Huntley – 67 Yaldhurst Road

Standing on Yaldhurst Rd., through the original wrought-iron gates and up on an avenue of trees is ‘Huntley’, one of Christchurch’s historic wooden homes. Built more than one hundred years ago, it is one of the few houses remaining from the time when Upper Riccarton was one of the more fashionable parts of the city.

Rev. (later Archdeacon) Octavius Mathias was the first owner of the land where ‘Huntley’ stands. He and his family arrived in Canterbury on the ‘Dominion’ in 1851. Mathias came to Christchurch on the promise of a canonship of the cathedral proposed for the new settlement; he served here as a commissary for Bishop Selwyn until the arrival of a Bishop.

However Mathias was in New Zealand both as a land purchaser and clergyman. He built his own home, a cob house replaced later by a two-storey wooden one, by the present Riccarton Road railway crossing. As an added inducement to emigrate, Mathias was given a land order applied for in London in October 1850. This was Rural Section 160 - 160 acres between the Main South Road and Racecourse Road - for [[sterling]]600 from the Canterbury Association. At the time, there were no roads but the lines of those planned were marked with surveyor’s stakes. Twenty acres of the land was to be set aside for the parish of St Peter’s to use for a church, vicarage, Sunday School, burial ground and glebe (common ground attached to the vicarage). The rest of the 200 acres was named Horsford Farm. (Mathias had been vicar of Horsford, near Norwich in England). Mathias farmed a crop of oats and advertised them for sale at the ‘Mathias Horsford Farm’. The land, now split by the Curletts Road extension between Yaldhurst Road and the Main South Road, was farmed until 1939.

The first vicar of St Peter’s, Rev. Croasdaile Bowen (1831-1890) was a landscaper, an architect and a forester. He planted many of the mature trees still found around St Peter’s.

In 1872, eight years after Mathias died, John Twentyman, one of two partners in a Cashel Street hardware business (the other being named Cousin) and an original member of the Canterbury Club, bought 16 1/4 acres of the farm in a mortgagee sale for [[sterling]]328. He owned the land for only five years, 1872-1877, but it is believed that during that time Twentyman had a house built on the property. Exact details are unknown but by the time the land was sold the price had increased to [[sterling]]2400 indicating the presence of a substantial house. Hand-forged nails later found in the timbers suggest a construction date during the 1870s.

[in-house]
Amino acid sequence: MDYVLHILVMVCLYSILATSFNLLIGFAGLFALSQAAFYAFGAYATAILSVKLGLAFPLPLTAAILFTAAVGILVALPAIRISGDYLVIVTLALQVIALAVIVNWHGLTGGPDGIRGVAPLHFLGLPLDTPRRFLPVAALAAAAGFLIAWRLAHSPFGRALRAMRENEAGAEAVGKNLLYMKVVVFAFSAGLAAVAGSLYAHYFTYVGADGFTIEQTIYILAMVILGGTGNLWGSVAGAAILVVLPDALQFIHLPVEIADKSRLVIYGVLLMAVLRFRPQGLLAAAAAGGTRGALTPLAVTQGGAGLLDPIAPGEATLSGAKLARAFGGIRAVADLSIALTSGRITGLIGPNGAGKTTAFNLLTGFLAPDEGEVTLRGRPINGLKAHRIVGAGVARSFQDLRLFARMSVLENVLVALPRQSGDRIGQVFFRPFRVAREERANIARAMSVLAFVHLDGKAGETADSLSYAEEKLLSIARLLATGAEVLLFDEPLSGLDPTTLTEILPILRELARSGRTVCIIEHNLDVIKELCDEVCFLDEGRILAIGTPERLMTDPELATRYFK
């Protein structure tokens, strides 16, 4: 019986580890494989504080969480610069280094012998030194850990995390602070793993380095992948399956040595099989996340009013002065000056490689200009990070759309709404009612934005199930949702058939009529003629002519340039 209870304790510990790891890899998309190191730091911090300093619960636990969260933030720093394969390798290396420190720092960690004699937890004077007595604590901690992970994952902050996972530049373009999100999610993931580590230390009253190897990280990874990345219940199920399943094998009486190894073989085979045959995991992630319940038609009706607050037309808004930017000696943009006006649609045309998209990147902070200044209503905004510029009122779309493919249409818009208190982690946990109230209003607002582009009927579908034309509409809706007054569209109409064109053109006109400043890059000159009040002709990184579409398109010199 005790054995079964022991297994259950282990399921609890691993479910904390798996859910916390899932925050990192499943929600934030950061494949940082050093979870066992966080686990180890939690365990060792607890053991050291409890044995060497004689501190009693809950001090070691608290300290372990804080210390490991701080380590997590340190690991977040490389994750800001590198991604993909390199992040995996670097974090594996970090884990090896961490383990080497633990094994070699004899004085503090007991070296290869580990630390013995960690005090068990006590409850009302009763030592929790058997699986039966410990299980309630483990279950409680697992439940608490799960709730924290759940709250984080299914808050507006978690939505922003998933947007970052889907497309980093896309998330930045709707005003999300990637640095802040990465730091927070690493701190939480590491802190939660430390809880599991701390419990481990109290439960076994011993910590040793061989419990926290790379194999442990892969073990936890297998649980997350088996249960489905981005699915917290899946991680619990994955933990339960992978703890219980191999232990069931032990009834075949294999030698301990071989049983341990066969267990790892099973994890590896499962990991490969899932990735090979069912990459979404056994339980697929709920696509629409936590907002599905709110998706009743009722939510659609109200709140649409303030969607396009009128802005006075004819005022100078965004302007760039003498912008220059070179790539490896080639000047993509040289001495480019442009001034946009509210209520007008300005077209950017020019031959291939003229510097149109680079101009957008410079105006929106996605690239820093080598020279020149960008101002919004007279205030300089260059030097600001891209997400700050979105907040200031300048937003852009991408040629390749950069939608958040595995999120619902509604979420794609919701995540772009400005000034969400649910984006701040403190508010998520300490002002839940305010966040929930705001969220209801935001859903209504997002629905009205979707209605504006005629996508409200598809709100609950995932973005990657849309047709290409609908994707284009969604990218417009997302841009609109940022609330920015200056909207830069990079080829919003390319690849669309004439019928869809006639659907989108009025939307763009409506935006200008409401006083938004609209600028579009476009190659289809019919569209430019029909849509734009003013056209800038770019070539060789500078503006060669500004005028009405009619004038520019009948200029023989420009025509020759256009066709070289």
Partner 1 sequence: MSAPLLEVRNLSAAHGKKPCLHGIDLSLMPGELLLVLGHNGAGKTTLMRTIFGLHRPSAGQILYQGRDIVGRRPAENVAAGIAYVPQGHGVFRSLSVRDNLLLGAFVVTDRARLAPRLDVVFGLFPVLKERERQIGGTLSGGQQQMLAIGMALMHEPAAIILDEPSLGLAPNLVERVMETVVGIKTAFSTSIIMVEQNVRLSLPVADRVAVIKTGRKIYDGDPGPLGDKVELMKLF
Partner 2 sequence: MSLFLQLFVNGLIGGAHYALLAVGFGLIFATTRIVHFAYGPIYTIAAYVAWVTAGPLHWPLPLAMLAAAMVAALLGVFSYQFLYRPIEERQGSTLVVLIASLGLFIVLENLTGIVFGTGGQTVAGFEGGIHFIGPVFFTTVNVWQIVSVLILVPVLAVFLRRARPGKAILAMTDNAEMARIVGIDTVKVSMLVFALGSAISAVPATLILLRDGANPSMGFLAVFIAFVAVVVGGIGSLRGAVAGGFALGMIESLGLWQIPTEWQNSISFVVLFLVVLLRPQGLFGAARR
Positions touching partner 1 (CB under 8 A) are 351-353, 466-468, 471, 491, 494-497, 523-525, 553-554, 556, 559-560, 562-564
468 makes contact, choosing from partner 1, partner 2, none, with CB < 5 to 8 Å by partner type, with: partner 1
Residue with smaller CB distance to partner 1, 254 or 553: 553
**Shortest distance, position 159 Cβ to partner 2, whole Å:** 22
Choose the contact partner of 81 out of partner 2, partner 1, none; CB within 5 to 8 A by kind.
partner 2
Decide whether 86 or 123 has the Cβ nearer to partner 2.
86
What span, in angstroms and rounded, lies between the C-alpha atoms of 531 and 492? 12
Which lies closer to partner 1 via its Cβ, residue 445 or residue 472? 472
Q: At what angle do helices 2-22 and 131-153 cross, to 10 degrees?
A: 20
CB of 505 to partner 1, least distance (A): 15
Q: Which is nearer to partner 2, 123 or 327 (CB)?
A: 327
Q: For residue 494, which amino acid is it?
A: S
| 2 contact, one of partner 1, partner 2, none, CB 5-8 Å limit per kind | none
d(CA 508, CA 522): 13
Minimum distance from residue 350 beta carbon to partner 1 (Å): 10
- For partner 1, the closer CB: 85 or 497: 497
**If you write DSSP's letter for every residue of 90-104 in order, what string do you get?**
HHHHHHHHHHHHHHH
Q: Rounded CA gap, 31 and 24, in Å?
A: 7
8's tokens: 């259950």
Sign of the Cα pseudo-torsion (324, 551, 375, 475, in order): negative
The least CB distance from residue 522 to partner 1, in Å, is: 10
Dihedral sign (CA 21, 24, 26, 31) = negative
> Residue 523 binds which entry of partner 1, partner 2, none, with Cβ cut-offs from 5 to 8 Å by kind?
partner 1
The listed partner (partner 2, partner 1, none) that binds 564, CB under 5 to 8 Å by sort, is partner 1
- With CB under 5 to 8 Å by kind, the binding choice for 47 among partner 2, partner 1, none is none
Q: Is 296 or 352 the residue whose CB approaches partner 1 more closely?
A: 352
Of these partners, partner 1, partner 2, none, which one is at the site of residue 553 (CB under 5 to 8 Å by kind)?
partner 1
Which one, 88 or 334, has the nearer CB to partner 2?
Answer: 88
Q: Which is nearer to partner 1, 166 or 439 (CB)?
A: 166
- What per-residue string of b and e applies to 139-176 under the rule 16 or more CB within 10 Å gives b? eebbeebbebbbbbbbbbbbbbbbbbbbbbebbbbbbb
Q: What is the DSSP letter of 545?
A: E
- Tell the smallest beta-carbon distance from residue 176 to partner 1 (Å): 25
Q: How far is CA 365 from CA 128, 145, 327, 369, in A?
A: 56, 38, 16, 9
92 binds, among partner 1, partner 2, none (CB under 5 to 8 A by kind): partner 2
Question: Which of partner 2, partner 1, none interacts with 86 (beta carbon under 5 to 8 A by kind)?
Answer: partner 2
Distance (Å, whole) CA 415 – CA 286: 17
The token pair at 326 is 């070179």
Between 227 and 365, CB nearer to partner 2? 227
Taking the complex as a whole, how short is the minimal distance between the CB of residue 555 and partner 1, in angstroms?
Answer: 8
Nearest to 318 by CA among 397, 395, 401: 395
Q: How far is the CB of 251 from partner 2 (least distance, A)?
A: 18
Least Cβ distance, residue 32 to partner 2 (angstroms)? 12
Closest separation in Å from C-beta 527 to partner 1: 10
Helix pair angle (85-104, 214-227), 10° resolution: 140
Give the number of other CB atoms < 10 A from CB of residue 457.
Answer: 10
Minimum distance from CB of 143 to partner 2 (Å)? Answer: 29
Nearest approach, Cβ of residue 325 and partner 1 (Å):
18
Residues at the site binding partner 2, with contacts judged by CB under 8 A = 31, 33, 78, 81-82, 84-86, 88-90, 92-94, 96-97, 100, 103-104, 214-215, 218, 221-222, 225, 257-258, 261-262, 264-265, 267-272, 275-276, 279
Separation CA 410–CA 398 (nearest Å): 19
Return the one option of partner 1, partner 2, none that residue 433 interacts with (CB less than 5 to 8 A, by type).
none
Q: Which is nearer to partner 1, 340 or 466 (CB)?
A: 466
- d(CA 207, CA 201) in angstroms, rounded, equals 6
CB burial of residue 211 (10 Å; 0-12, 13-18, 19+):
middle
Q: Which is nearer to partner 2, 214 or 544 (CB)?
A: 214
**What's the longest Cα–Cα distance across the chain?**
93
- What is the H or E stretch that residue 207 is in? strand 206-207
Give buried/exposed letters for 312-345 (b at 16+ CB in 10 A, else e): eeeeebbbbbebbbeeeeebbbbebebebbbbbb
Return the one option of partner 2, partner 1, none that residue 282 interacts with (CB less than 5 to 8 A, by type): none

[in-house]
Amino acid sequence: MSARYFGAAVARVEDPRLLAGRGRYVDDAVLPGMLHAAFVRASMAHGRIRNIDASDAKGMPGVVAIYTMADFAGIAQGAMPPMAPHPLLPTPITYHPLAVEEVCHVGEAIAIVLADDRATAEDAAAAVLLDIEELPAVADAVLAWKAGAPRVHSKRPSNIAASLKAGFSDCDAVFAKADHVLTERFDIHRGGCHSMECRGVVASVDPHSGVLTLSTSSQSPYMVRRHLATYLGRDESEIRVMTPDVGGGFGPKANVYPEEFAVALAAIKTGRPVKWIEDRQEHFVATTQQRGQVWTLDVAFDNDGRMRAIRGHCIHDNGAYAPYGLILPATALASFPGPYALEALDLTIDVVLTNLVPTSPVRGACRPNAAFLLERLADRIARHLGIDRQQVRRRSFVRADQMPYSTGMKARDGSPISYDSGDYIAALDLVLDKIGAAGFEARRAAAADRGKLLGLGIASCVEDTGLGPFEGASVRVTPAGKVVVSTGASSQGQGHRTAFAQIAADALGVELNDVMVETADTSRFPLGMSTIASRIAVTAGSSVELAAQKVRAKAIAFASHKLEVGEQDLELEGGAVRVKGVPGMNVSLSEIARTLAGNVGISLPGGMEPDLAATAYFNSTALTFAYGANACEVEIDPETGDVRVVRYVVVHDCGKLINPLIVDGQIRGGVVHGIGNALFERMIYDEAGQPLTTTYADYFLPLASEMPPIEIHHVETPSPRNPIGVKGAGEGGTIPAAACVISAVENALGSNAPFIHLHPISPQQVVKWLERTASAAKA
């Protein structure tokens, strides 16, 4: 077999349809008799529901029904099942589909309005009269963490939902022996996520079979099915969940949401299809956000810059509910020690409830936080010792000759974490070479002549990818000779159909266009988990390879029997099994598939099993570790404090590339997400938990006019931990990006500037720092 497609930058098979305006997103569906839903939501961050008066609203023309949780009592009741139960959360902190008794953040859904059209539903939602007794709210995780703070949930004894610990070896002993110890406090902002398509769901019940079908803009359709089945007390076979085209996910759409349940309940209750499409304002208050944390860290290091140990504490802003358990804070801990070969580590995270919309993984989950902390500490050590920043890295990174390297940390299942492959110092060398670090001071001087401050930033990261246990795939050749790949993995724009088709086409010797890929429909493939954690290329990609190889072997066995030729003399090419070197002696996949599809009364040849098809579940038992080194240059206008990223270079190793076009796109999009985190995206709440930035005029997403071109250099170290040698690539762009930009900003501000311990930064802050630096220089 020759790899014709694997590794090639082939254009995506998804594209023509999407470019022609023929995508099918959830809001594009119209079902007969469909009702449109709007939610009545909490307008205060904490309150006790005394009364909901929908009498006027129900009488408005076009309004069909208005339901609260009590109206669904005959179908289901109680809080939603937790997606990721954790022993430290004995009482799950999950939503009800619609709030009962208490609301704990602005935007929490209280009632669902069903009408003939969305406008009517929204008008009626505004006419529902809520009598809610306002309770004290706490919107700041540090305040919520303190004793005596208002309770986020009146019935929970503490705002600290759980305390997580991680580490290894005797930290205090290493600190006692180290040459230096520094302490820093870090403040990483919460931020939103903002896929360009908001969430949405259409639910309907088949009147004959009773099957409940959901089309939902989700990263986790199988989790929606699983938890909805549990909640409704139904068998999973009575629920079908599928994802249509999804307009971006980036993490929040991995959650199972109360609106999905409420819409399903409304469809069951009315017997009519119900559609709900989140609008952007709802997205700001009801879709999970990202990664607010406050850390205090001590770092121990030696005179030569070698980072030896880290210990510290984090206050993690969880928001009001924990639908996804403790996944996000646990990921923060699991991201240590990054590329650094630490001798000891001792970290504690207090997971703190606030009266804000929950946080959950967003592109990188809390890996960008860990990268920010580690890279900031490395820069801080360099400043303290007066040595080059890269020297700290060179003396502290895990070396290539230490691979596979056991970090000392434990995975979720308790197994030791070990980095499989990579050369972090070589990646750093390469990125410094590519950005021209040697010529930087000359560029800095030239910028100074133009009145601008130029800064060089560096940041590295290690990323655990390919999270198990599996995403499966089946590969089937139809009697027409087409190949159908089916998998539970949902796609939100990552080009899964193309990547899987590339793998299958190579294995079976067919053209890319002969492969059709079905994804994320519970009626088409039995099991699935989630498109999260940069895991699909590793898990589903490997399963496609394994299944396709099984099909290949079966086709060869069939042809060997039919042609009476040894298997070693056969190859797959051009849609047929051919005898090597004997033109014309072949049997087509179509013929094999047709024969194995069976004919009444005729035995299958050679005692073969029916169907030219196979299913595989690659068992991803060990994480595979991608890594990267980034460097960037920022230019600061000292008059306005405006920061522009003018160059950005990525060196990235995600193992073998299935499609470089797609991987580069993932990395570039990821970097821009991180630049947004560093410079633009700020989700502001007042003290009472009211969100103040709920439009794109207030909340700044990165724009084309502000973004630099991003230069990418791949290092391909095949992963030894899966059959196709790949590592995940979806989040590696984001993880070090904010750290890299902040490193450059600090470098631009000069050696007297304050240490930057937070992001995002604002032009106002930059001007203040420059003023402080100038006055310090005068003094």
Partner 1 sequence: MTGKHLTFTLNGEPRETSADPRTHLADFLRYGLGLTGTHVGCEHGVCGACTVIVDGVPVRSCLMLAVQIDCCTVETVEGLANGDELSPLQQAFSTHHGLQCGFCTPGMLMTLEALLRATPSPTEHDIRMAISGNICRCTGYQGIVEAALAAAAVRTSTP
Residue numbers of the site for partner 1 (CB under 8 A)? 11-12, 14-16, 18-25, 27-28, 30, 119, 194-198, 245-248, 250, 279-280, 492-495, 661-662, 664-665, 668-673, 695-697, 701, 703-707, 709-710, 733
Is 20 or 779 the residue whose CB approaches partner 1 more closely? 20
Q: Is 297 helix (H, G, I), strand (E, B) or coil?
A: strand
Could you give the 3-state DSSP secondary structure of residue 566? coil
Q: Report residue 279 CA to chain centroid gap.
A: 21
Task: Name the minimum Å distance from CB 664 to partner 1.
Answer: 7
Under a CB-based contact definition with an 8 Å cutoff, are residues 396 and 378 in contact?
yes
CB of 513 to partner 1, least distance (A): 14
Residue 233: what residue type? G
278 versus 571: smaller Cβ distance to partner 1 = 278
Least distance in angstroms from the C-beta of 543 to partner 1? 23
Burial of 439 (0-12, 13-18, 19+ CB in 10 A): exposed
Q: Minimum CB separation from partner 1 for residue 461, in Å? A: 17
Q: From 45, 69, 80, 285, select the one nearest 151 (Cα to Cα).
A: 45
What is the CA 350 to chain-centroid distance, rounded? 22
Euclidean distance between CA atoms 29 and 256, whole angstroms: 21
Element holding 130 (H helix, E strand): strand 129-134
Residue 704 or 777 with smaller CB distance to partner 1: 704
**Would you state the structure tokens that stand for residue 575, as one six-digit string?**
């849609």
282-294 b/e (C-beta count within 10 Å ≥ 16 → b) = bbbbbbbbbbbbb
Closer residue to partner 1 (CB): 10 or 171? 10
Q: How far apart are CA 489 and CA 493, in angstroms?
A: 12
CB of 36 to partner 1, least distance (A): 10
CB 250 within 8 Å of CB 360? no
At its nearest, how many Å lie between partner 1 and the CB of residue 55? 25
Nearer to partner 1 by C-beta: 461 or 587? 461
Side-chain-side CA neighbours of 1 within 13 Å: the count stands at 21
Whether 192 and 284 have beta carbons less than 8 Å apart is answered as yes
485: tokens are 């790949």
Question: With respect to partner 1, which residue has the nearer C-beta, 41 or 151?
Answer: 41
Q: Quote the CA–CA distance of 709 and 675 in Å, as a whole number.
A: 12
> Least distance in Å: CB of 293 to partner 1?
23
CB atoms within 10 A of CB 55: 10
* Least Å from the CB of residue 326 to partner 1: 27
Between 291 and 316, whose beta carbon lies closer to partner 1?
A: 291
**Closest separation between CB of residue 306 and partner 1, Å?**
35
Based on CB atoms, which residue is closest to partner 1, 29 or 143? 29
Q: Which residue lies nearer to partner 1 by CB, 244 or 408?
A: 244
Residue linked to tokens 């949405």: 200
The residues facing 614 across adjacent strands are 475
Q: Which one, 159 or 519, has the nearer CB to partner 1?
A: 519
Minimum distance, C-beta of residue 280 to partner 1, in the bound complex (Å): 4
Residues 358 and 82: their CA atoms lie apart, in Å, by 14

The house is roughly square in plan, with two slated gables running east and west with a central gutter. Originally three sides of the house were surrounded with a two-storey verandah. A broad staircase is a feature of the house with wreathed handrail, simple balusters and heavily moulded newel posts.

The owner in 1877 was George Holmes of Pigeon Bay. He was a notable early Canterbury contractor whose work included the Lyttelton tunnel and railway line south from Christchurch to the Rakaia River. He took much of his payment in the form of land granted to him by the Provincial Council.

Holmes died four months after buying the property, at the age of 55, and left everything he owned to his brother John, of Huntley, in the county of Carleton, Ontario. John Holmes had had quite a notable political career in Canada, representing his county in the Canadian Parliament 1867-72.

John Holmes lived for only two years after his brother, dying at ‘Huntley’ in 1879. His widow, Elizabeth, remained at the property which stayed in the family until 1841. John Alexander Holmes of Bangor and his wife were the longest-standing owners of the property, from 1895-1938. In 1941 Holmes’ son sold the house and five acres to R.M.D. Morton. Subsequent owners have been Rupert S. Trapnell, Douglas M. Lamb and since 1971, D.J. Reid and family.

The house remained in its original condition until the 1940s. During that time a bay window and balcony was removed from a north-facing gable and part of the verandah was built into the downstairs drawing-room. The old service quarters were removed to make way for a large double garage.

A new residential development is now planned for the land around the historical homestead. Twelve homes designed by architect Andrew Barclay are to be built this year on the site of the long disused tennis courts and the orchards. Every effort is being made so the development will blend in with the adjoining homestead and none of the mature trees will be removed. A reserve will be formed comprising a small stand of walnut and maple trees at the north western end of the site and the houses will be built behind and around other trees. ‘Huntley’ itself will remain untouched.


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